Cannabinoid hyperemesis syndrome (CHS) is a condition that sometimes develops due to the long term use of marijuana. The syndrome causes repeated and severe vomiting and nausea.
As CHS is a newly described condition, many doctors may find it challenging to diagnose and treat. Researchers have tried to explain what causes CHS, but further study is necessary.
In this article, we describe CHS and discuss the causes, symptoms, diagnosis, and treatment of the condition.
People with CHS usually have a long history of marijuana use. They also experience episodes of vomiting that return every few weeks or months.
When people with CHS stop using marijuana, their symptoms of nausea and vomiting usually disappear. Nausea and vomiting tend to return if they start using marijuana again.
Doctors also noticed that individuals with CHS would take frequent hot showers and baths. People with the syndrome tended to feel better when bathing.
Many people with CHS go to their doctor or an emergency room (ER) for treatment. However, doctors may find it challenging to diagnose the syndrome because people tend not to report their use of marijuana.
CHS is also underdiagnosed because people sometimes use marijuana to suppress nausea and vomiting. Doctors currently lack knowledge of the condition, and there are no clinical guidelines for its treatment and management.
With the consumption of marijuana increasing due to the legalization of its recreational use in many states, doctors may receive more reports of side effects from marijuana use.
Researchers have several theories on the causes of CHS.
On the basis that only a small number of regular and long term users of marijuana develop CHS, some researchers suggest that genetics might play a role. Other researchers theorize that the effects of marijuana can change with chronic use.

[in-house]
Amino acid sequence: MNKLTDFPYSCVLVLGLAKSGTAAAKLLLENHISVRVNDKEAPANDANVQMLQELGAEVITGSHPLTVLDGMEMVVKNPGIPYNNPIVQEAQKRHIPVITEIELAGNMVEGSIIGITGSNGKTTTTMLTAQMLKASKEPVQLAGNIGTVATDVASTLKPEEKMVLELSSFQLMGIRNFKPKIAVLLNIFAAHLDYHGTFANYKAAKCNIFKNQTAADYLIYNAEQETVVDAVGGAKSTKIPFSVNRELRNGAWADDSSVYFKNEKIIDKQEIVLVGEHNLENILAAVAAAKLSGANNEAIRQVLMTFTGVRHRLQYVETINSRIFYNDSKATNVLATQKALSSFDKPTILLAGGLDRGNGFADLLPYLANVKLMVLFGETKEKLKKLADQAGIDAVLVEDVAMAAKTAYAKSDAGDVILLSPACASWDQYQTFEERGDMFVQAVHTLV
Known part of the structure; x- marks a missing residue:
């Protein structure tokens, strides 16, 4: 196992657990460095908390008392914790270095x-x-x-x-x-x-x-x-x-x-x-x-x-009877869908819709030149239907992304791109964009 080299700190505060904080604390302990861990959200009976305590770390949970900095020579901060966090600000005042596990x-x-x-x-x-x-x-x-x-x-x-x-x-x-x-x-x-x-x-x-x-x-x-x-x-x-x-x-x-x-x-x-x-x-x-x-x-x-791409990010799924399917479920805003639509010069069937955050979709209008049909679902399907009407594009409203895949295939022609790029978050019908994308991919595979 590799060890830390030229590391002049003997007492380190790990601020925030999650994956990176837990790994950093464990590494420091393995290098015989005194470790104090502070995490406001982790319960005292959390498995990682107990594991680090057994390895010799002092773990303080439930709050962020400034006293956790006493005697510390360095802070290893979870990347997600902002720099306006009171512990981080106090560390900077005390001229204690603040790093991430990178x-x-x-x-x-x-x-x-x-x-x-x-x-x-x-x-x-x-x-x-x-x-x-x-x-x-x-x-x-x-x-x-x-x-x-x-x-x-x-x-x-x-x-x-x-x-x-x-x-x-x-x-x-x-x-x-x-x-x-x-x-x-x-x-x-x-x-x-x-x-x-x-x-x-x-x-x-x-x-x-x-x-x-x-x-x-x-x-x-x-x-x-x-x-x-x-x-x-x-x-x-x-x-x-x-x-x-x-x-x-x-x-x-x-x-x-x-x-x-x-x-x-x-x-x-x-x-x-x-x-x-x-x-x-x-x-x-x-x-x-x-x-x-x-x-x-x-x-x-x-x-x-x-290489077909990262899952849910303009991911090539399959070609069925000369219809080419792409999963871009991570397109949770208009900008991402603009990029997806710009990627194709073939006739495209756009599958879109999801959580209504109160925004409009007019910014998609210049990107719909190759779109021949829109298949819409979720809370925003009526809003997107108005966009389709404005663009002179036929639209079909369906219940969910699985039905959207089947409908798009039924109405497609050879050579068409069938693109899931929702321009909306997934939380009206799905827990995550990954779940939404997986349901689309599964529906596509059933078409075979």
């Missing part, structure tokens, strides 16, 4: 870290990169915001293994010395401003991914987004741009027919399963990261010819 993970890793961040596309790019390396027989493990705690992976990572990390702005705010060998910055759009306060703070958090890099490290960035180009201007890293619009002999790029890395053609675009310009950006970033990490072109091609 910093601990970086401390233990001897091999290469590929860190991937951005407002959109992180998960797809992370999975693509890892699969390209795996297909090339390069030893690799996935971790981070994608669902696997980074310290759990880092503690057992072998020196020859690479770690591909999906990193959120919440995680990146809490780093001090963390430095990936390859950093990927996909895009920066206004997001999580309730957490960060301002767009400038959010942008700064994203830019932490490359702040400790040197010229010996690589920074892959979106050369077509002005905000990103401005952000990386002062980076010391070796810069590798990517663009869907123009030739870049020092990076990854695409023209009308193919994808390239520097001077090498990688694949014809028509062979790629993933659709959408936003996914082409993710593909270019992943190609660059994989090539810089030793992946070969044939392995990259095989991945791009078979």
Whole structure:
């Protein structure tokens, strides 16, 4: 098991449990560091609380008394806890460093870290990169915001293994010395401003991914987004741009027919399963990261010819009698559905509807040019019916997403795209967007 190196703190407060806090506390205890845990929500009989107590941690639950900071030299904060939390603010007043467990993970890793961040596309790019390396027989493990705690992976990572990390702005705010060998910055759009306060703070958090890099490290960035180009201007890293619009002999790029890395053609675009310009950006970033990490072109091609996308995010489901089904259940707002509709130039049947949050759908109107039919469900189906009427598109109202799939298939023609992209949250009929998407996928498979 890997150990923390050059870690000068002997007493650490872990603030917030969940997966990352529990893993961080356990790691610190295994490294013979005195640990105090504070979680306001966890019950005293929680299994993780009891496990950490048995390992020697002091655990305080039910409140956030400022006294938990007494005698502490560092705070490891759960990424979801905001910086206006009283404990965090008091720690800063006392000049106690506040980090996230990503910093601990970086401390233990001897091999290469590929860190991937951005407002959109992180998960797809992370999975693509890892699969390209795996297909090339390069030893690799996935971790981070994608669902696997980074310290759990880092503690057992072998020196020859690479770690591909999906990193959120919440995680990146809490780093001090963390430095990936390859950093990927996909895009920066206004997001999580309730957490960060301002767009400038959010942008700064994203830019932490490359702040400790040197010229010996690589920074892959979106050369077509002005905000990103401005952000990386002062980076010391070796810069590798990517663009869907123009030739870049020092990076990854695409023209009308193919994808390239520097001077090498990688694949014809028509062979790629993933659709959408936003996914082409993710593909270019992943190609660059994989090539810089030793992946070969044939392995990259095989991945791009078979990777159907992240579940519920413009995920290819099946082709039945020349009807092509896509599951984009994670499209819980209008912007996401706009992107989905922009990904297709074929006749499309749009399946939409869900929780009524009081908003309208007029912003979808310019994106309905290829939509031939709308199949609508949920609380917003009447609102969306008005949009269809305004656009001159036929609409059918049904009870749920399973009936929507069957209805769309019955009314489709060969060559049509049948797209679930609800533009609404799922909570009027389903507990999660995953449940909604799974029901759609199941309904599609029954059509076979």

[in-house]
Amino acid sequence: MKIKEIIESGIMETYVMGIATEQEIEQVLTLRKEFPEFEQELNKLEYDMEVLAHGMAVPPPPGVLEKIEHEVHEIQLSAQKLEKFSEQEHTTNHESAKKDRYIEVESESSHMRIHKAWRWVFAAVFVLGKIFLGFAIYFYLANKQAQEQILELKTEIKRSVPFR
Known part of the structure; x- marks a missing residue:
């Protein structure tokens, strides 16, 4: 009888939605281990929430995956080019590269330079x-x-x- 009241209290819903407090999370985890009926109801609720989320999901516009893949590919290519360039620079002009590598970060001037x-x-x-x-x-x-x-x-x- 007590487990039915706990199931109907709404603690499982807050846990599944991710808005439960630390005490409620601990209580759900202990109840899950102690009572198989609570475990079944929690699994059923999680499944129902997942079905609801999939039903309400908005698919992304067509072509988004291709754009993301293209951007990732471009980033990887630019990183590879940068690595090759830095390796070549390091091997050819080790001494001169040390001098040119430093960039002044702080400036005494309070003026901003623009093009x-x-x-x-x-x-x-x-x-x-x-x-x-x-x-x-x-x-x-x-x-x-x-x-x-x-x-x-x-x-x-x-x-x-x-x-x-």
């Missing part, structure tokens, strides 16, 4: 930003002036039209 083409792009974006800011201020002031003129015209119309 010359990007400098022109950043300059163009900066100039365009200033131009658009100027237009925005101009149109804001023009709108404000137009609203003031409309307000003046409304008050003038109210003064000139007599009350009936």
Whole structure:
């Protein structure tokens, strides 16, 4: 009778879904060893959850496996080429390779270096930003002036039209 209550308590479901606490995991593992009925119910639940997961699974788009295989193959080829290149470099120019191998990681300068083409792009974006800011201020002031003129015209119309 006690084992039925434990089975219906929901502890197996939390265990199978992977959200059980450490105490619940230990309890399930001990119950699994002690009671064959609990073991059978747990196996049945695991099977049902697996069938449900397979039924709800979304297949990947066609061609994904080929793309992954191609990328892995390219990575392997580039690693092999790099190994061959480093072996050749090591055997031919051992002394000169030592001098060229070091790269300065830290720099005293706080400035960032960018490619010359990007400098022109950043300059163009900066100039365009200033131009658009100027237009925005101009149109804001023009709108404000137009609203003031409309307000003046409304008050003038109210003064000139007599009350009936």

Researchers have identified two receptors called CB1 and CB2 to which marijuana molecules attach. Receptors are specialized cells that respond to specific stimuli or changes in the environment.
CB1 receptors are mostly present in the brain, but they also occur in other organs. Research suggests that CB1 receptors regulate the effects of marijuana on the gastrointestinal tract. Scientists do not know much about the function of the CB2 receptors.
In CHS, receptors that bind to the different components of marijuana can become altered. Some receptors may become more active, while others can shut down. These changes may be responsible for the symptoms of CHS.
The evidence supporting these theories is lacking, though, and further study is necessary to confirm the cause of CHS.
Through different case studies, doctors have identified three stages of CHS: prodromal, hyperemesis, and recovery.
During the prodromal stage, people typically experience:
- morning nausea
- urges to vomit
- stomach discomfort
These symptoms may last for months or years. Sometimes, people use marijuana more during this time because the drug is known for its antinausea effects.
People in the hyperemesis stage will experience intense and persistent nausea and vomiting.
Doctors have also noticed that people in the hyperemesis stage take frequent showers and baths, which seem to relieve nausea.
The recovery stage can last from days to months. People in the recovery stage often:
- feel better
- return to normal eating patterns
- resume a regular frequency of showering
Clinical guidelines for the diagnosis of CHS do not currently exist. Some researchers have published their findings from their personal experience with the condition in clinical journals.
One group of researchers proposed diagnostic criteria based on three categories of CHS symptoms:
1. Essential criteria to diagnose CHS include:
- long term marijuana use (more than 1 year)
2. Major features of CHS include:
- weekly use of marijuana
- severe, recurring nausea and vomiting that follows a pattern
- symptoms that resolve when the person stops using marijuana
- relief of symptoms with hot showers or baths
- abdominal pain